Notes: Lao, Thai, Khmer, Burmese, and Nepalese all share the same New Year (Songkarn)! Instead of going by the Gregorian calendar, this new year coincides with the coming of spring, normally early April, and after Easter. The warm weather usually brings about outdoor festivals, water splashing, and other raucous activity. Believe it or not the state of Georgia has all of the above listed communities. I’ve of course documented the Lao community here for something close to a decade, and hope to cover more cultures as the years go on. I guess this is my type of American Ethnography, with it being a little different since I do relate with most of the cultures, and am an active participant, enjoying the traditions and the food. It definitely makes more sense to me, welcoming the start of a “new” year in Spring, as opposed to shivering in the cold with champagne and strangers. You have that televised, ingrained in our social being, type of new year to kick off the calendar year, then the Chinese New Year, then Southeast Asian New Year, and other cultures sprinkled through the rest of the months. Lots of opportunities to reboot and get that cleansing good luck. ‘Cause I really need things to turn around. See everyone out there! Happy New Year(s)!!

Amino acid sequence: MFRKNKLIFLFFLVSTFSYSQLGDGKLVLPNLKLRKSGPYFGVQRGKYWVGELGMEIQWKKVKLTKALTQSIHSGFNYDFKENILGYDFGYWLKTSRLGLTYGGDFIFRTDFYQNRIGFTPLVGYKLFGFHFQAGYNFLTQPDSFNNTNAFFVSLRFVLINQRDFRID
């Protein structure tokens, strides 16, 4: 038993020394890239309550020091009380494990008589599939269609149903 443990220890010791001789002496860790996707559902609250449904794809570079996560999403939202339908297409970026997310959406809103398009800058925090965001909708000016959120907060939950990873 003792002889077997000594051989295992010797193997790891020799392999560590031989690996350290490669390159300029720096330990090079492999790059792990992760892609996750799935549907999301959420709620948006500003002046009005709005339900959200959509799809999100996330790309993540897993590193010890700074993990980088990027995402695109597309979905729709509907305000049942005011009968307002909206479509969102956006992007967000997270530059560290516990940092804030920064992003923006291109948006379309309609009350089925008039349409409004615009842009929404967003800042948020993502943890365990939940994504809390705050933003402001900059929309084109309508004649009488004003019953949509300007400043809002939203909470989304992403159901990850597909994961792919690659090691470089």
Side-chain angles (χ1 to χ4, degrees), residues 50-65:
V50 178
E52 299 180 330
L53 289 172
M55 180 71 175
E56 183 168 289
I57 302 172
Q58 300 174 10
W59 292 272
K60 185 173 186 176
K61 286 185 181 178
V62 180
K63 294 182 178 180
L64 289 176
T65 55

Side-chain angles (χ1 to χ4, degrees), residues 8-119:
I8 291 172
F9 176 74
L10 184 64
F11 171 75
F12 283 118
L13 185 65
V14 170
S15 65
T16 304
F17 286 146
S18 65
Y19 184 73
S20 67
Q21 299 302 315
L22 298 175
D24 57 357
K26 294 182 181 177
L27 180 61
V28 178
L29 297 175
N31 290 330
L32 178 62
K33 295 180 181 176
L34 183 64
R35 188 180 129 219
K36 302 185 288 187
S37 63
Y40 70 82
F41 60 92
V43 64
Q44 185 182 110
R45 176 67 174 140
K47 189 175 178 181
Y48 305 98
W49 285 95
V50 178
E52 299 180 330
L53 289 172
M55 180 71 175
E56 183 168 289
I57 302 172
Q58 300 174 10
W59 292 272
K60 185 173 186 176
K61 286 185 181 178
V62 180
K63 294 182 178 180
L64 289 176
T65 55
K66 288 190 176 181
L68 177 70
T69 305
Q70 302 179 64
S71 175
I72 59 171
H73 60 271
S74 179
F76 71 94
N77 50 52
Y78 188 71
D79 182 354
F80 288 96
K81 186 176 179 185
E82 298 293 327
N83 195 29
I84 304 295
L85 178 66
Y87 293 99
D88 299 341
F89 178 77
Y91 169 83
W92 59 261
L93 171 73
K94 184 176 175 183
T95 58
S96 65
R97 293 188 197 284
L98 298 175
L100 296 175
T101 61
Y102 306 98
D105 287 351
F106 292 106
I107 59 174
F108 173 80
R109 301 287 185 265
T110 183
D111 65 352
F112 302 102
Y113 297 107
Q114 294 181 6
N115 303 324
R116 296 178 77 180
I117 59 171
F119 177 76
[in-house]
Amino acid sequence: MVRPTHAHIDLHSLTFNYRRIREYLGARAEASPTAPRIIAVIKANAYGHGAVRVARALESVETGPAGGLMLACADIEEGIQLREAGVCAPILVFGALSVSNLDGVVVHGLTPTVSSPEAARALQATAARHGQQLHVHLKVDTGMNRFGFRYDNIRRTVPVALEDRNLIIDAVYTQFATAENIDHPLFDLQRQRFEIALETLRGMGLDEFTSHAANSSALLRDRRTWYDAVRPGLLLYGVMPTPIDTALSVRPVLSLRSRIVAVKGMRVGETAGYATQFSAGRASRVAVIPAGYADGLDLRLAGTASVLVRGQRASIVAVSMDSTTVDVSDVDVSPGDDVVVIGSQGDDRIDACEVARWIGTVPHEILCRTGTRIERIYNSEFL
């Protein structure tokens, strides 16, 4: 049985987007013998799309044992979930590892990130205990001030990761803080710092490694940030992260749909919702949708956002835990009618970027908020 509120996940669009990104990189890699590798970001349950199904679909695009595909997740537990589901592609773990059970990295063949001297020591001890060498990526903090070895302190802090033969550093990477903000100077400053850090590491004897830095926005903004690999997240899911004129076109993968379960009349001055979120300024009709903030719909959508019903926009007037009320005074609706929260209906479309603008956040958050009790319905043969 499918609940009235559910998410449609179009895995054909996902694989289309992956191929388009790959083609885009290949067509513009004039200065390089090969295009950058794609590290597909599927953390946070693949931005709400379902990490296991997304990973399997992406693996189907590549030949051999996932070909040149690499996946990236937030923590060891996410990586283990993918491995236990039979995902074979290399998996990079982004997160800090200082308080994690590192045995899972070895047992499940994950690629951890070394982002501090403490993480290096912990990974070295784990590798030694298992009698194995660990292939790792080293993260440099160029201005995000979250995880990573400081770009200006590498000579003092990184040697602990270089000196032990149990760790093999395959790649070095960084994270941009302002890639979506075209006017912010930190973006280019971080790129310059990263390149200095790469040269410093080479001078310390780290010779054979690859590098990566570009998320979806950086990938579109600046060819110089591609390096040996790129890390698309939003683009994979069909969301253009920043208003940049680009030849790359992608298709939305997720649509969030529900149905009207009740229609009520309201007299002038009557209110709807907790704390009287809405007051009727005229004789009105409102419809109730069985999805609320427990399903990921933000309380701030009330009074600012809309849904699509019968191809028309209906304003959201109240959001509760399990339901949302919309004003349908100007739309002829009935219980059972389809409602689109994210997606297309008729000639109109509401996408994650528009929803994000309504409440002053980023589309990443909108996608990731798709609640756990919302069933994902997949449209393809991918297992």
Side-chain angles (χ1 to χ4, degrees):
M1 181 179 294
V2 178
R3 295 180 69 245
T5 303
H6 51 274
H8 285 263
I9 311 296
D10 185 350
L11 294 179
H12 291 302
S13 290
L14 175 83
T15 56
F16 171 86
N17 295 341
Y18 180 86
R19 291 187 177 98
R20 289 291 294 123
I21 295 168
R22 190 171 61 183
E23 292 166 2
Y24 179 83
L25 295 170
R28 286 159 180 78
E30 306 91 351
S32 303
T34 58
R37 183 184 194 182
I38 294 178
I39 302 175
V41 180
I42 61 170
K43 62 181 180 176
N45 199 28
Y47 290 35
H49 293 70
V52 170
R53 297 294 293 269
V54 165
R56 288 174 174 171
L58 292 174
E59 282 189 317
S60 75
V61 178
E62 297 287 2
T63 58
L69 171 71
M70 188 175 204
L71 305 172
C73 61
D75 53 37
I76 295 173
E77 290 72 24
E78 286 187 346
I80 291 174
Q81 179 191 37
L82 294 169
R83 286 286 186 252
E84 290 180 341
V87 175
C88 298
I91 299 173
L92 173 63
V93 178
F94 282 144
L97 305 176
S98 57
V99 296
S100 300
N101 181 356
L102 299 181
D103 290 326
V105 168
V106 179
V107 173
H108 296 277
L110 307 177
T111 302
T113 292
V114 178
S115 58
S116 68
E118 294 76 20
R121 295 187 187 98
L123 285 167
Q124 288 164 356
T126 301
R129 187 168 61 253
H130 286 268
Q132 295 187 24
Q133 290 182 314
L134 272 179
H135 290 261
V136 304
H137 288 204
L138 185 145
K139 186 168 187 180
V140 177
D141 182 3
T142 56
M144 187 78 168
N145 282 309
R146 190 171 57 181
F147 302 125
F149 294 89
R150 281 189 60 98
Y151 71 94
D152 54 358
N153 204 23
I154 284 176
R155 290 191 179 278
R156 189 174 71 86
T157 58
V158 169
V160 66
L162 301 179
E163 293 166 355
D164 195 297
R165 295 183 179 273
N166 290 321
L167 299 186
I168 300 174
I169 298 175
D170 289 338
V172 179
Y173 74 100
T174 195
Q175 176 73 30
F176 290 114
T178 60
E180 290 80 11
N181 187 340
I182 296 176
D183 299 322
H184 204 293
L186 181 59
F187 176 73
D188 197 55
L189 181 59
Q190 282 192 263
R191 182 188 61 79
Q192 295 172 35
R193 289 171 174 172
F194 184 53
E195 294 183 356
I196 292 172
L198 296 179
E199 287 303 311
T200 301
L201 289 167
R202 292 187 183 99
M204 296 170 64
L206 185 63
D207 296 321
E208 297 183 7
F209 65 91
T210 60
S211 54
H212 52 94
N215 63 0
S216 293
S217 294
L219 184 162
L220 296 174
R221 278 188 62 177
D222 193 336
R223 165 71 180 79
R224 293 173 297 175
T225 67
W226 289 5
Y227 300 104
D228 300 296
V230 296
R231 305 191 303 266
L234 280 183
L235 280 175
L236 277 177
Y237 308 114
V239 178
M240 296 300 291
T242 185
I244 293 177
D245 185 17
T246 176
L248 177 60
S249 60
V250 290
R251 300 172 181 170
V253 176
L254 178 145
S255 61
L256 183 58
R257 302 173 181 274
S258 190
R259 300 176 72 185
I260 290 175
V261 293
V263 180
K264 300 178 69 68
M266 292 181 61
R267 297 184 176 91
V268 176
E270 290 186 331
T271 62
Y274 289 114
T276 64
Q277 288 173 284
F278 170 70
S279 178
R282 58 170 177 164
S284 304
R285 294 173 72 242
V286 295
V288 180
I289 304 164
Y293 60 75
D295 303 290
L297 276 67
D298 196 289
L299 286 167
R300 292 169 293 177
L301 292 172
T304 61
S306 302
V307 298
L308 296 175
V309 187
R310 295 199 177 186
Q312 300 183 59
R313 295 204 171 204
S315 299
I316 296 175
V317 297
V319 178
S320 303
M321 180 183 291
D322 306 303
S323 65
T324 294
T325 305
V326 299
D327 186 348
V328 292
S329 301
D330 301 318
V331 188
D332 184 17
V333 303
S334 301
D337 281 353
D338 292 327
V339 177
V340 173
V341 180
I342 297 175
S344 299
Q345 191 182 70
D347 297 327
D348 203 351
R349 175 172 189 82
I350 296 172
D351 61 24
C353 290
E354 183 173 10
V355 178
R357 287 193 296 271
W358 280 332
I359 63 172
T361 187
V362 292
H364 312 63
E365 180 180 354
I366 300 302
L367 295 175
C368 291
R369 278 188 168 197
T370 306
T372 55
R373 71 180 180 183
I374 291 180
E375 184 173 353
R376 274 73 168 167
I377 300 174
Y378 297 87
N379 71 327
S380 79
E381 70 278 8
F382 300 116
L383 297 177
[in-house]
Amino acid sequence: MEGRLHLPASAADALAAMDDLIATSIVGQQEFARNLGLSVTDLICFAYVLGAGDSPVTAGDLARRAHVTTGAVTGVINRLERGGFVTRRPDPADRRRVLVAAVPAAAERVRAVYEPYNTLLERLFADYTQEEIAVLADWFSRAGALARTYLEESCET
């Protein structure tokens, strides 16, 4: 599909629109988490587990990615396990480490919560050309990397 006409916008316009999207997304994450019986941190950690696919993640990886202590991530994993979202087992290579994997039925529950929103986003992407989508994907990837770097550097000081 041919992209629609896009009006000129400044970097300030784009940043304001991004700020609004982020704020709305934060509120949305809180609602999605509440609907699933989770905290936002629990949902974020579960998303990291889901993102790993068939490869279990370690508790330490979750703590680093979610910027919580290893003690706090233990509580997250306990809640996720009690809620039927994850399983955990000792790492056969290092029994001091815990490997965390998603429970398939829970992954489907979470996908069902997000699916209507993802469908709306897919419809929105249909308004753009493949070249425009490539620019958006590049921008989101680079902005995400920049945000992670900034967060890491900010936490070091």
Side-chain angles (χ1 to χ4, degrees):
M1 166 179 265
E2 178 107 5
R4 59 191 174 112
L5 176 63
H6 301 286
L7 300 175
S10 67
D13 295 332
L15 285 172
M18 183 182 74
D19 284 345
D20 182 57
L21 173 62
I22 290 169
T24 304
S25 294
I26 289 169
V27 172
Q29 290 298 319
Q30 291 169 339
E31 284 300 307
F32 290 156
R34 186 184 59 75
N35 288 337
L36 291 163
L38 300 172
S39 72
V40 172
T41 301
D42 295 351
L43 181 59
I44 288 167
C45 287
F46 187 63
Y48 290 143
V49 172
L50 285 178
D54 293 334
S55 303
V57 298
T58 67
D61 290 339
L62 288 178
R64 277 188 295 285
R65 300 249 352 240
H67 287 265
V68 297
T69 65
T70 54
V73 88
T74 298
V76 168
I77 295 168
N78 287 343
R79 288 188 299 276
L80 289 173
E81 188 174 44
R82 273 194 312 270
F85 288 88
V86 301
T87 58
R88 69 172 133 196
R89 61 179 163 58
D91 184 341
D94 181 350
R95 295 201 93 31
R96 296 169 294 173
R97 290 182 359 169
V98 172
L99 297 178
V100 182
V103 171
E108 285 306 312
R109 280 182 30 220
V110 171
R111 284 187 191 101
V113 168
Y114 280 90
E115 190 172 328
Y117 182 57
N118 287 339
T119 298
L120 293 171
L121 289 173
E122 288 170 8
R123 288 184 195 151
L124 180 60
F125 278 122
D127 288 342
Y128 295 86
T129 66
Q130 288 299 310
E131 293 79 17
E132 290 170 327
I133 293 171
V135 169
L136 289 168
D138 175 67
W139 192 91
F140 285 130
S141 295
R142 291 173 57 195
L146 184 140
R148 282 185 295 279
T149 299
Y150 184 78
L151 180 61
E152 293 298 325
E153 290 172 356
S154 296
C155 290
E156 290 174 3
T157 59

Wat Khmer Cambodian New Year | Lithonia, GA
(It was raining, so not too many photos)